How should I warm and thaw my milk?
One of the most common questions mothers ask me is: "What is the best way to warm or thaw expressed milk?"
An older, larger baby can handle drinking chilled milk. But milk needs to be warm for a tiny baby. If a newborn is fed cold milk, it can bring down the baby's body temperature. The milk should be given when it is between room temperature and body temperature.
Whether warming chilled milk or thawing frozen milk, keep the heat low. High heat destroys the parts of the milk that keep your baby healthy.
The recommended way to warm mother's milk is to run warm water over the sides of the bottle. Keep the warm water away from the lid so that it doesn't mix with the milk. One way to do this is to put the bottle in a bowl with sides lower than the bottle's lid. Run warm water in the bowl. The warm water against the bottle warms the milk. The milk is ready when it is between room and body temperature.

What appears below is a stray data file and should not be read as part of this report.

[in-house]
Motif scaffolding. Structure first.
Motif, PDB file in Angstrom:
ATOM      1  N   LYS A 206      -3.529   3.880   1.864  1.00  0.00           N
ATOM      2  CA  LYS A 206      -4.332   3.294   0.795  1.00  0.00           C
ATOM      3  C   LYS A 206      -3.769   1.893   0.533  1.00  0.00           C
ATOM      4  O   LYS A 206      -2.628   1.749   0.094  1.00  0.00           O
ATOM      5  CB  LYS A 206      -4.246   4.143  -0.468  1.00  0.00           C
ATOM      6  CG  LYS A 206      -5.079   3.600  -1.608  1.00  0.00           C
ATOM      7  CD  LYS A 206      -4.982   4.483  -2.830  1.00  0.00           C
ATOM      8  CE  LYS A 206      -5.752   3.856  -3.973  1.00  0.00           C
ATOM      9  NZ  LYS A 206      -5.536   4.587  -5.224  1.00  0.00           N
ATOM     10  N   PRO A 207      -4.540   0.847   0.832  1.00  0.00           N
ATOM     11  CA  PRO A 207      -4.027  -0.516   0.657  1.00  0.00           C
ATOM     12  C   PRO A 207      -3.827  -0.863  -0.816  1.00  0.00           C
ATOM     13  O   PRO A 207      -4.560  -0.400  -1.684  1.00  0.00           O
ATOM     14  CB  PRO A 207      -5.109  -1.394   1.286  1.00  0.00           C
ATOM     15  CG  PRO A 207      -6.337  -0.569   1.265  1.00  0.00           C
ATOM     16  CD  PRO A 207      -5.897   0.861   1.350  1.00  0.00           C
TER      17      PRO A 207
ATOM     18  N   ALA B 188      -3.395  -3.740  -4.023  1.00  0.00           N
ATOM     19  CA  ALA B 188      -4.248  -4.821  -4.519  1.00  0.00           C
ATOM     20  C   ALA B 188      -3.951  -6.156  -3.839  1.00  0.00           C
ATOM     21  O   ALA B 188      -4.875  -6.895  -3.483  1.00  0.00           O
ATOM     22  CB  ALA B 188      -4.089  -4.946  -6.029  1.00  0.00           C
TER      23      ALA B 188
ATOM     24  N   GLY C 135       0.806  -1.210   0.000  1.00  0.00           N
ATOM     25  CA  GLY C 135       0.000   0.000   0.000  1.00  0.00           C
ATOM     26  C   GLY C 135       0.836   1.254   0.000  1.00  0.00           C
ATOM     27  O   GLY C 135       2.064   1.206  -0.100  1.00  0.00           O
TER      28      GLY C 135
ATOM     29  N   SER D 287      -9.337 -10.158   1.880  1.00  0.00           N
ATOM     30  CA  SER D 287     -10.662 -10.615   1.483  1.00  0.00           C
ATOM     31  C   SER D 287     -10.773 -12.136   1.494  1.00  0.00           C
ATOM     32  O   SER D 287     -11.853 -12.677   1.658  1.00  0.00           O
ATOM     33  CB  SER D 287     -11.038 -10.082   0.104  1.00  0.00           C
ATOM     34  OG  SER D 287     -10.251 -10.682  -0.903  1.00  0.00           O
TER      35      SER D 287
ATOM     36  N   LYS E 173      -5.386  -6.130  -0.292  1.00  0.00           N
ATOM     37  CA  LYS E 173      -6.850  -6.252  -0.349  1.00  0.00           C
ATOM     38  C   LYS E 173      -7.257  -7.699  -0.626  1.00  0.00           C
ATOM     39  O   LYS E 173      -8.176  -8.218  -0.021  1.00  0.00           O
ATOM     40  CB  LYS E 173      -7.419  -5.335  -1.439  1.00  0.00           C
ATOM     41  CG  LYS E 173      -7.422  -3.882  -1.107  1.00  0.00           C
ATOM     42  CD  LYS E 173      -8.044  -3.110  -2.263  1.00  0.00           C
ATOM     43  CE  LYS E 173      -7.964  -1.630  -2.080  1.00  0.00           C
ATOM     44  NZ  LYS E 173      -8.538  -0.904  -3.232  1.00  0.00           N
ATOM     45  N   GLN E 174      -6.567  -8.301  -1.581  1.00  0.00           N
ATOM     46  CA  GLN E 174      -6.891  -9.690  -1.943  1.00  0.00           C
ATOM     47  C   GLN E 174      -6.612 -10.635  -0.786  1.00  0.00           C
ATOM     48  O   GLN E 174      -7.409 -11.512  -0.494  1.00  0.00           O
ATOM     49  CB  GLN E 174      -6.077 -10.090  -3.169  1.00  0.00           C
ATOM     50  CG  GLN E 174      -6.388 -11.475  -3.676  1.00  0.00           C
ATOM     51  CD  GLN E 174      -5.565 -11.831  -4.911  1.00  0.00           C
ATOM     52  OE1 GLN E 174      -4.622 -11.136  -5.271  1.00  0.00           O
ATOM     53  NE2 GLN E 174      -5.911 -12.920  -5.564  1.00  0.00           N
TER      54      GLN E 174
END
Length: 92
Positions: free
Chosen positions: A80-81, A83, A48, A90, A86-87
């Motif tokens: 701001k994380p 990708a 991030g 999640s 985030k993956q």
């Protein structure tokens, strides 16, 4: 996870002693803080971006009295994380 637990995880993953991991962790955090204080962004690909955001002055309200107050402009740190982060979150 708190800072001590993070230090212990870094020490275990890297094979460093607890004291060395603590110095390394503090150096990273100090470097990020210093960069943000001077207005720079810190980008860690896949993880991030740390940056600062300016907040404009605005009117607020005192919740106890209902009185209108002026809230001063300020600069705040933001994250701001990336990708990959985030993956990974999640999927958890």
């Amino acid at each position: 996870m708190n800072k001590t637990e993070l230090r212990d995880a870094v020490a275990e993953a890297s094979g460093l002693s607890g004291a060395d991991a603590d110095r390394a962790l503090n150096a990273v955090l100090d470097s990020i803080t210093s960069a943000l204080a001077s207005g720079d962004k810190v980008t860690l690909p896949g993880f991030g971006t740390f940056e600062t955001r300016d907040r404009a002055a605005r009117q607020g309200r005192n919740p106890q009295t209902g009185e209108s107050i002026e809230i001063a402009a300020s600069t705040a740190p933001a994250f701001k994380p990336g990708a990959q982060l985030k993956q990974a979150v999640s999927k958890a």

Here are some "don'ts" to keep in mind:
- Don't warm milk in the microwave. It changes the milk and causes hot spots that can burn your baby's throat.
- Don't heat the milk in a pot on the stove. High heat can make the milk too hot for your baby, and it destroys the antibodies your baby needs.
This is general information and does not replace the advice of your physician or healthcare provider. If you have a problem you cannot solve quickly, seek help right away.
Every baby is different, and your baby may not be average.
If in doubt, contact your physician or other healthcare provider.
Nancy Mohrbacher, IBCLC, FILCA, Lactation Consultant, Ameda Breastfeeding Products
Coauthor of Breastfeeding Made Simple: Seven Natural Laws for Nursing Mothers